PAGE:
Page:Dictionary of National Biography volume 57.djvu/181
the legislature stated that he left behind him ‘a monument of gratitude in the heart of every dispassionate man in this community.’ Under his administration there was at length a cessation of the constant squabbles which hitherto seemed inevitable between the governor and the assembly.
Owing to failure of health, Trelawny applied to be relieved of the government in 1751. In September 1752 Admiral Knowles, his successor, arrived, and on 25 Nov. Trelawny left the colony. He was wrecked on the Isle of Wight in the Assurance, and arrived in London on 28 April 1753. He died at Hungerford Park on 16 Jan. 1754.
He married, first, on 8 Nov. 1737, Amoretta, daughter of John Crawford, by whom he had one son who died in infancy, and was buried with his mother in St. Catherine's Church, Jamaica, in November 1741; secondly, on 2 Feb. 1752, Catherine Penny, probably the sister of Robert Penny, sometime attorney-general of Jamaica.
Sir William Trelawny (d. 1772), sixth baronet, a cousin of Edward, was grandson of Brigadier-general Henry Trelawny [see Trelawny, Charles], who served at Tangier and in Flanders, and died M.P. for Plymouth in 1702. Sir William sat for West Looe, Cornwall (1756–67); entered the navy, commanded the Lyon at the attack on Guadeloupe in 1759, was governor of Jamaica from 1768 to 1772, and died at Spanish Town on 12 Dec. 1772, receiving a public funeral (Boase and Courtney, p. 775). It is after him that the parish of Trelawny is named.[Material supplied by Frank Cundall, esq., librarian of the Jamaica Institute; Wotton's English Baronetage, 1741, ii. 98, and edit. of 1761, i. 310; Betham's Baronetage of England, 1801, i. 330; Welch's List of the Queen's Scholars of Westminster, 1852, pp. 259, 269; Official Returns of Members of Parliament; Gent. Mag. 1754, p. 47; Bridge's Annals of Jamaica, pp. 30–1, 52, 68–2; Gardner's History of Jamaica, pp. 121–7.]
TRELAWNY, EDWARD JOHN (1792–1881), author and adventurer, born in London on 13 Nov. 1792, was the second son of Lieutenant-colonel Charles Trelawny (1757–1820) of Shotwick, who in 1798 assumed the additional name of Brereton, and died in Soho Square on 10 Sept. 1820 (Gent. Mag. 1820, ii. 376). Trelawny-Brereton represented Mitchell in parliament in 1808–9 and again in 1814. He married, on 1 July 1786, Maria, sister of Sir Christopher Hawkins, bart., of Trewithen; she died at Brompton, aged 93, on 27 Sept. 1852. Edward's grandfather was General Henry Trelawny, who fought under Howe in America and was governor of Landguard Fort from 1793 until his death on 28 Jan. 1800.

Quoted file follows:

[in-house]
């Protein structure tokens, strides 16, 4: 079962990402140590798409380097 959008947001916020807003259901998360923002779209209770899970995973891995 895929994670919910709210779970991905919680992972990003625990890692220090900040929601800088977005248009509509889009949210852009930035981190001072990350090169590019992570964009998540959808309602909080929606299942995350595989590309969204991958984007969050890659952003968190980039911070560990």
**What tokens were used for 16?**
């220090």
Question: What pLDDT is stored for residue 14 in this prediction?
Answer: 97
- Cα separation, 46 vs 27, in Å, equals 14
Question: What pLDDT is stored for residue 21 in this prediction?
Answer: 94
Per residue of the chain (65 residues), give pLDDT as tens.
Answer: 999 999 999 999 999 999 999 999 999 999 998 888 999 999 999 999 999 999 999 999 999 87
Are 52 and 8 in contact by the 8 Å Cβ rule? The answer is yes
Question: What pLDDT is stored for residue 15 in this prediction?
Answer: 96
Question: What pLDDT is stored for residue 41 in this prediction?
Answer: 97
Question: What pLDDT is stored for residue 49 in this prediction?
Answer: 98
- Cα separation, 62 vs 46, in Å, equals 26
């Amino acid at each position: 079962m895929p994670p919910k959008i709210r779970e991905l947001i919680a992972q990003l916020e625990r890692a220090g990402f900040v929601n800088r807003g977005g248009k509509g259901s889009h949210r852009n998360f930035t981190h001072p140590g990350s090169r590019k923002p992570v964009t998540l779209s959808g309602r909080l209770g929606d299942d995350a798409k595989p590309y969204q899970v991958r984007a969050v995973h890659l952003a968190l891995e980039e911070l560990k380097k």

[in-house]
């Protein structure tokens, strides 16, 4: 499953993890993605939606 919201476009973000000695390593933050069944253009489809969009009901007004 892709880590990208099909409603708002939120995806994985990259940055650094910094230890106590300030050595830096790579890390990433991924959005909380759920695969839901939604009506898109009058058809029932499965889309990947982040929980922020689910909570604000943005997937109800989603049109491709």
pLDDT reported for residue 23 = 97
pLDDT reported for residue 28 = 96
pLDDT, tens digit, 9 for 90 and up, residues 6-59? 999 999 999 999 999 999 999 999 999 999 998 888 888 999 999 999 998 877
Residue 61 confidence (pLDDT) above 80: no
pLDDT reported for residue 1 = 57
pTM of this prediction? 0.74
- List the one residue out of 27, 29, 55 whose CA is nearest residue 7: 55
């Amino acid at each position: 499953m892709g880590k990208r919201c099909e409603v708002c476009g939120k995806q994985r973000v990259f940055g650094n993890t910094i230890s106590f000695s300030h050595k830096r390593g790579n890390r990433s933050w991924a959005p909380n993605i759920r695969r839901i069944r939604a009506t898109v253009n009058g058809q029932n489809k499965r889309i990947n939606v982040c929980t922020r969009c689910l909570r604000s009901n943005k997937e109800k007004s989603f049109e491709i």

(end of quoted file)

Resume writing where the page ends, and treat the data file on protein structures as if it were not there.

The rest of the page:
According to his own account, which there seems no reason to question, Edward suffered severely from the harshness of his father, and his education was neglected. In October 1805 he entered the royal navy, and was sent out in Admiral Duckworth's ship, the Superb, for service in the fleet blockading Cadiz. He states in his ‘Adventures of a Younger Son’ that he lost the opportunity of sharing in the battle of Trafalgar on account of Duckworth's delaying on the Cornish coast to take in provisions. As, however, the battle was fought on 21 Oct., and Duckworth did not arrive off Cadiz until 15 Nov., his version of the circumstance seems improbable. It is certain that instead of being transferred from the Superb a few days after Trafalgar, as would be inferred from his narrative, Trelawny was not appointed to the Colossus until 20 Nov. The vessel was almost immediately ordered home to be paid off, and Trelawny quitted her on 29 Dec. with a satisfactory certificate. He was then placed for a time at Dr. Burney's naval academy at Greenwich, and, if his account in the ‘Adventures of a Younger Son’ can be accepted, went again to sea in a king's ship bound for the East Indies. This is prima facie probable, and his further statement that he deserted the ship at Bombay is corroborated by the absence of any record of a regular discharge. However imaginative or highly coloured the ‘Adventures of a Younger Son’ may be, the main fact of his having found his way to the Eastern Archipelago is unquestionable, and the sole chronological indication he vouchsafes, when he speaks in a letter to Mrs. Shelley of having been off the coast of Java in 1811, is confirmed by the existence among his papers of an official proclamation in Malay of the establishment of British authority over the island, endorsed by Sir Thomas Stamford Raffles [q. v.], and dated 12 Sept. 1811; as well as by a note of the same date in a manuscript of the Koran which belonged to him. How far the incidents in the ‘Younger Son’ belong to romance, and how far to autobiography, it would be vain to investigate. The surpassing literary merit of the narrative is to some extent an argument for its veracity, since Trelawny, always strong in description, gave, apart from this book, if exception it be, no token of any particular gift for invention. The nautical details are frequently inaccurate, but their local colouring is generally as true as it is brilliant.
According to the most natural interpretation of his own words, Trelawny would seem to have returned to England about 1813,